Living with someone is probably one of the biggest challenges we will face in life. Whether it’s fellow boarding-school students, flat-mates, partners, children or in-laws, all bring their own issues with them. Everyone enjoys having visitors, but after a week, most of us are quite happy to see them go. So why would it be any different with a live-in employee? Rebecca Bisset shares her advice about employing and living with a helper.
Most people, including me, arrive in Singapore vowing never to have a live-in helper. Needless to say, after moving in to a house with white tiles, and with a four-month-old and a toddler, (and the heat) my attitude changed.
It took about four weeks before we started looking up maid agency phone numbers. It took me a long time to find the ‘right’ one and we went through three in the first year. (“Yikes,” you may be thinking, “she must be really difficult!”) To be fair the first one was lovely, but we found mounds of our stuff squirrelled away in her suitcase. The second one was like a Sergeant Major who got annoyed if we were home half an hour late, and the other one kept falling asleep while she was looking after the kids.
It’s difficult, you employ someone based on only one or two interviews, and then you have to live in close proximity with them for two years and trust them with your children, your belongings and your home.
I’ve heard enough similar stories over the years to fill a book. One friend’s domestic helper was “on the game” with the construction workers from the neighbouring plot, while her toddlers were locked in the room next door.
I have tried part-time cleaners too. This works pretty well unless you have animals or younger children. I didn’t have a live-in helper when our dog had four puppies and it wasn’t pretty!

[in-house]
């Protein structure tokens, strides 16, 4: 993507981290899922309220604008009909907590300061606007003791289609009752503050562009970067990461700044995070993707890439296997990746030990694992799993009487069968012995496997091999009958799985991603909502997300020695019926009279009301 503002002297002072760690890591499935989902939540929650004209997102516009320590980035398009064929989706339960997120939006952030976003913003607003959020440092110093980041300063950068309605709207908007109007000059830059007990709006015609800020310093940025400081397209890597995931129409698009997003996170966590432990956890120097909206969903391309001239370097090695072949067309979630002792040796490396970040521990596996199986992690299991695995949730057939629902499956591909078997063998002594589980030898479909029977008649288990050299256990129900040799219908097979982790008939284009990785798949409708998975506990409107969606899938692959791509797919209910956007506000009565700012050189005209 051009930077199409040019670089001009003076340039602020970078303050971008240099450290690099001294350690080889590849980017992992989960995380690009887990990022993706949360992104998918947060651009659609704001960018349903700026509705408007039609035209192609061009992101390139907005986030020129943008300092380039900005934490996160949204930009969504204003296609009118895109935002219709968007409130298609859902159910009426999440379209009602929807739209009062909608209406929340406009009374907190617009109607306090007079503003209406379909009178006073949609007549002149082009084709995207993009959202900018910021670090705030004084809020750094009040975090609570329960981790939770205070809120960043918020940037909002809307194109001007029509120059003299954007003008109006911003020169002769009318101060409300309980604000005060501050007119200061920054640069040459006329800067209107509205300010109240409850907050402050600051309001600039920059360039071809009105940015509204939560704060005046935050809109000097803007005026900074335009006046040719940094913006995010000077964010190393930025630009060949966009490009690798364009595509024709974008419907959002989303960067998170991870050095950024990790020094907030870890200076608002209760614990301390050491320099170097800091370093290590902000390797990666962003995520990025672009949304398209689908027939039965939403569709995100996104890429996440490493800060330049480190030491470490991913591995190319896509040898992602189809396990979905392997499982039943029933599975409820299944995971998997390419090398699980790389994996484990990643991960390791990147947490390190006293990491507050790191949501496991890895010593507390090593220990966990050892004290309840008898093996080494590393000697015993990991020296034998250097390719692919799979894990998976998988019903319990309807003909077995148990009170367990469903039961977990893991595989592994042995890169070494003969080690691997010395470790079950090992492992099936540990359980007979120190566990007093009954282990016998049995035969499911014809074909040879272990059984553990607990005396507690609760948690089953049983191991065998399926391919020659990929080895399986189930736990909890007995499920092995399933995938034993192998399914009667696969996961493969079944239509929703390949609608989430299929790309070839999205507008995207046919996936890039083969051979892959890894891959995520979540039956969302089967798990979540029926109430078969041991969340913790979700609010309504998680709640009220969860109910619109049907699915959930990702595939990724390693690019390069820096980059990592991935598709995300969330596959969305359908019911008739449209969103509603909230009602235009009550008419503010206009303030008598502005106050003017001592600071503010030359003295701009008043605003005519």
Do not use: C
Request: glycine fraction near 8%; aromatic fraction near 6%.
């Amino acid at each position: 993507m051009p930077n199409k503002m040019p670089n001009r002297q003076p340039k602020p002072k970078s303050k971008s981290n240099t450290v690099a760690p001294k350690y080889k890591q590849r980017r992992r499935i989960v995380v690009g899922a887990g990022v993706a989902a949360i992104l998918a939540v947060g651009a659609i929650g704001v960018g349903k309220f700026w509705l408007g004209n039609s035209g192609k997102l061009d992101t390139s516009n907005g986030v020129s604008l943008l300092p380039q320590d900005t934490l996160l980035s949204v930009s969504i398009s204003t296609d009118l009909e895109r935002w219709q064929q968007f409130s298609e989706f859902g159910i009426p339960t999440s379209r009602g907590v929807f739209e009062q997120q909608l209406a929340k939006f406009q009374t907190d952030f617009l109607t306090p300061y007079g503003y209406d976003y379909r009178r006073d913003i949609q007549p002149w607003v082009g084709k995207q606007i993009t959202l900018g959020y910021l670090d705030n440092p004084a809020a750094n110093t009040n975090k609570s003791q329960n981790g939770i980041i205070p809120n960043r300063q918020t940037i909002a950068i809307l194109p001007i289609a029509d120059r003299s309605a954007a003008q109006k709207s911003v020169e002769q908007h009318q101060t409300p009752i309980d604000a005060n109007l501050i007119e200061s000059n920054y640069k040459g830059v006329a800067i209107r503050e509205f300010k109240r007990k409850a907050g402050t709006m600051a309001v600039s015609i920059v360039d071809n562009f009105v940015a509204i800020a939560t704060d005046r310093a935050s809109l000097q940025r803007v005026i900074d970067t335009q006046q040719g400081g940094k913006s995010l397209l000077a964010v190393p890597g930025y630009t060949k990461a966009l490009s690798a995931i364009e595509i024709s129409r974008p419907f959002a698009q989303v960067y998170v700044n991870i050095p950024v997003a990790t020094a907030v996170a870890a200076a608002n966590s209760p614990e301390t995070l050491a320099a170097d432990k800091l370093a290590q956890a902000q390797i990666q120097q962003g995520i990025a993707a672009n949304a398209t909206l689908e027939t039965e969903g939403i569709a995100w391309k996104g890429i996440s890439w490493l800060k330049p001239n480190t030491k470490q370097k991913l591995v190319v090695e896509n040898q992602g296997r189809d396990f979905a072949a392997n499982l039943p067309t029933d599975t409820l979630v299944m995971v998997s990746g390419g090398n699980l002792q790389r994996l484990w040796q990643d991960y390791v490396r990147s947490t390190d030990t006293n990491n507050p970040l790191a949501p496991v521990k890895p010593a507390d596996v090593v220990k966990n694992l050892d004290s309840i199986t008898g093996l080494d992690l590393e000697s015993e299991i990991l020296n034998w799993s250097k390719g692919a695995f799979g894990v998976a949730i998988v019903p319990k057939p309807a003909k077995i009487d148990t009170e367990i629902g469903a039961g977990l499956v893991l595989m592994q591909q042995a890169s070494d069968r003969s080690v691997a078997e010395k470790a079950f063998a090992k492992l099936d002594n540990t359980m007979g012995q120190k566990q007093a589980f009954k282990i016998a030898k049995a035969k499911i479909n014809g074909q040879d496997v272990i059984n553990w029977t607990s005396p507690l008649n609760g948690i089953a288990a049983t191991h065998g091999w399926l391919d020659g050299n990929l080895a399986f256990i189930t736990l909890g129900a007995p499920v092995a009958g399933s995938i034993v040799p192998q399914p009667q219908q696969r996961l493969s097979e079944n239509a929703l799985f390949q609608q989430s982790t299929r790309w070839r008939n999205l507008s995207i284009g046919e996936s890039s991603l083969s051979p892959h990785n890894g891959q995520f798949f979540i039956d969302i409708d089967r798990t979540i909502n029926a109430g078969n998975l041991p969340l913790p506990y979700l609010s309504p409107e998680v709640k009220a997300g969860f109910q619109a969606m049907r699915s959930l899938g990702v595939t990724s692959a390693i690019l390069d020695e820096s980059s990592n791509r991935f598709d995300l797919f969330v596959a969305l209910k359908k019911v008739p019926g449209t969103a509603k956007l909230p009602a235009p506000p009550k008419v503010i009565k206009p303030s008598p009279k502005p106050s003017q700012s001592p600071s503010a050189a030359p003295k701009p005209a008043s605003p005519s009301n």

On a positive note, for the past seven years I have lived harmoniously and drama-free with my wonderful side-kick.
Here’s just some of the good stuff about live-in help.
- You have total freedom to go out whenever you feel like it – go on holidays, or away for weekends at the drop of a hat, and not worry about the cat, the fish or the washing-up.
- You eat a lot healthier because a helper will take the time to chop fresh vegetables, instead of throwing in a tin of peas!
- Everything is washed and ironed, and that’s marvellous.
Tried and tested tips
- You’re the employer, not a friend, but show empathy for the helper’s situation too. They’re away from their families and in a stranger’s home.
- Don’t overreact. You don’t want them hiding things from you because they’re scared. But also, you don’t want to tiptoe around them either. (With two of my helpers, I ended up being scared of asking them to do anything!)
- You aren’t superwoman, and neither are they. They can’t be perfect at cooking, childcare and cleaning. Learn to overlook some things, and concentrate on what you are each better at.
- Don’t flaunt material things. Keep bank accounts out of the way if possible. There’s a huge financial disparity, so be sensitive about it.
The interview: what to ask
Once you’ve decided to employ a helper, you’ll need to consider interviewing several candidates. Asking these 10 questions should help you make a choice.
1. Ask for references, and make sure you can speak to her previous employer – don’t take written references as gospel.
2. Has she taken any first aid courses? If so, when and with whom? If she hasn’t, does she know any basic first aid? (Ask her to talk you through any procedures she does know.)
3. What’s her favourite “go to” recipe? Ask her to talk you through how she makes it. This means you can check her spoken English as well.
4. If she’s transferring from one family in Singapore to another, ask why. If she has transferred from a series of employers, without good reason (for example, the family was leaving Singapore) and without finishing her contracts, thoroughly investigate why.
5. Is she married, and does she have children? Her personal situation will have some bearing on her skill set.
6. Find out why she is doing this job. Is she working to support her family back home? Does she have plans to go back at a certain point? Is she building up to starting a business when she does go home? Finding out about her future plans means that if you do employ her you can help support her, and both of you can work out an exit plan.
7. Asking typical questions like “Do you like children?” or about cleaning and ironing are pretty pointless. Instead, ask her what she feels her strengths are; what is she best at? Does she work to a cleaning schedule, and if so can she give you a quick rundown of it?
8. If you have young kids, find out what nursery rhymes she knows, what games she likes to play with children, and recipes she can cook for them.
9. Set ground rules and make it clear what would be a deal breaker – for example, stealing from you, or asking for money advances.
10. How would she discipline a child?